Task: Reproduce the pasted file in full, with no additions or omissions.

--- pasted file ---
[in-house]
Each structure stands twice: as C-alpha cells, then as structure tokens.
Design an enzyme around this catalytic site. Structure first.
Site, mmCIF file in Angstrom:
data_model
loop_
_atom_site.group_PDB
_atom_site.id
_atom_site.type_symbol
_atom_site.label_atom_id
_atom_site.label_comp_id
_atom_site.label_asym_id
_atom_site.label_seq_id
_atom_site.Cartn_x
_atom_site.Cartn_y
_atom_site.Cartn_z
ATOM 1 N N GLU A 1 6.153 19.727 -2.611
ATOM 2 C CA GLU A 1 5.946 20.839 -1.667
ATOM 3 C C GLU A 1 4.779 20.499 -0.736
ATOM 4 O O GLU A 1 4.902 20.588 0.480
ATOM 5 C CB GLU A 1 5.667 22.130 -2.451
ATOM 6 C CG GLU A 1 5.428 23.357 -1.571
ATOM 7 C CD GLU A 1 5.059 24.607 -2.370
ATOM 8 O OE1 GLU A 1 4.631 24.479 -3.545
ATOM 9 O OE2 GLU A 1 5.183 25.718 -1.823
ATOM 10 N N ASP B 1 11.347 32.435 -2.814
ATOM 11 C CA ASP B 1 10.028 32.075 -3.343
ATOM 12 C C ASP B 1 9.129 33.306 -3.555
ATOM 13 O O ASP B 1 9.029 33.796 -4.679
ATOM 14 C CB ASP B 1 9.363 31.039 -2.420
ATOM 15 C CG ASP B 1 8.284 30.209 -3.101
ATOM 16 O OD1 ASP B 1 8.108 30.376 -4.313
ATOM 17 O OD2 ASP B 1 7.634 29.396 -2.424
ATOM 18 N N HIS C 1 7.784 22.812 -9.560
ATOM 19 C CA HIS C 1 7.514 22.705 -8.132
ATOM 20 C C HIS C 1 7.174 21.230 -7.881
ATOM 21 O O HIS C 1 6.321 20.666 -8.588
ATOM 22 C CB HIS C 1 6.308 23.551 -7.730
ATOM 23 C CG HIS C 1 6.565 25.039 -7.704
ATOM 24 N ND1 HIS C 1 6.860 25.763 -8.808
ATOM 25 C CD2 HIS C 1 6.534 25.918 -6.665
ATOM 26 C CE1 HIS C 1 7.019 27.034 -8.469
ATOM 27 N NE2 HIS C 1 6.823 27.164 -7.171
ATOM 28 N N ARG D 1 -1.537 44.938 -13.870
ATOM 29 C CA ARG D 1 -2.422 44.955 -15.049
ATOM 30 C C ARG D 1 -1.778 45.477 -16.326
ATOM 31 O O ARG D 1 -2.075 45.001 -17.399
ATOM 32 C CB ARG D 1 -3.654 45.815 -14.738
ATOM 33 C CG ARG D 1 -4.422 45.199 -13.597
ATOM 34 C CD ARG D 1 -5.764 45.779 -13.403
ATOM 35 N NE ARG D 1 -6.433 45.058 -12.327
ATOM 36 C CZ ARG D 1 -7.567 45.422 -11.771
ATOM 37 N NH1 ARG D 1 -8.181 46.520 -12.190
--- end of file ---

[in-house]
Each structure stands twice: as C-alpha cells, then as structure tokens.
Design an enzyme around this catalytic site. Structure first.
Site, mmCIF file in Angstrom:
data_model
loop_
_atom_site.group_PDB
_atom_site.id
_atom_site.type_symbol
_atom_site.label_atom_id
_atom_site.label_comp_id
_atom_site.label_asym_id
_atom_site.label_seq_id
_atom_site.Cartn_x
_atom_site.Cartn_y
_atom_site.Cartn_z
ATOM 1 N N GLU A 1 6.153 19.727 -2.611
ATOM 2 C CA GLU A 1 5.946 20.839 -1.667
ATOM 3 C C GLU A 1 4.779 20.499 -0.736
ATOM 4 O O GLU A 1 4.902 20.588 0.480
ATOM 5 C CB GLU A 1 5.667 22.130 -2.451
ATOM 6 C CG GLU A 1 5.428 23.357 -1.571
ATOM 7 C CD GLU A 1 5.059 24.607 -2.370
ATOM 8 O OE1 GLU A 1 4.631 24.479 -3.545
ATOM 9 O OE2 GLU A 1 5.183 25.718 -1.823
ATOM 10 N N ASP B 1 11.347 32.435 -2.814
ATOM 11 C CA ASP B 1 10.028 32.075 -3.343
ATOM 12 C C ASP B 1 9.129 33.306 -3.555
ATOM 13 O O ASP B 1 9.029 33.796 -4.679
ATOM 14 C CB ASP B 1 9.363 31.039 -2.420
ATOM 15 C CG ASP B 1 8.284 30.209 -3.101
ATOM 16 O OD1 ASP B 1 8.108 30.376 -4.313
ATOM 17 O OD2 ASP B 1 7.634 29.396 -2.424
ATOM 18 N N HIS C 1 7.784 22.812 -9.560
ATOM 19 C CA HIS C 1 7.514 22.705 -8.132
ATOM 20 C C HIS C 1 7.174 21.230 -7.881
ATOM 21 O O HIS C 1 6.321 20.666 -8.588
ATOM 22 C CB HIS C 1 6.308 23.551 -7.730
ATOM 23 C CG HIS C 1 6.565 25.039 -7.704
ATOM 24 N ND1 HIS C 1 6.860 25.763 -8.808
ATOM 25 C CD2 HIS C 1 6.534 25.918 -6.665
ATOM 26 C CE1 HIS C 1 7.019 27.034 -8.469
ATOM 27 N NE2 HIS C 1 6.823 27.164 -7.171
ATOM 28 N N ARG D 1 -1.537 44.938 -13.870
ATOM 29 C CA ARG D 1 -2.422 44.955 -15.049
ATOM 30 C C ARG D 1 -1.778 45.477 -16.326
ATOM 31 O O ARG D 1 -2.075 45.001 -17.399
ATOM 32 C CB ARG D 1 -3.654 45.815 -14.738
ATOM 33 C CG ARG D 1 -4.422 45.199 -13.597
ATOM 34 C CD ARG D 1 -5.764 45.779 -13.403
ATOM 35 N NE ARG D 1 -6.433 45.058 -12.327
ATOM 36 C CZ ARG D 1 -7.567 45.422 -11.771
ATOM 37 N NH1 ARG D 1 -8.181 46.520 -12.190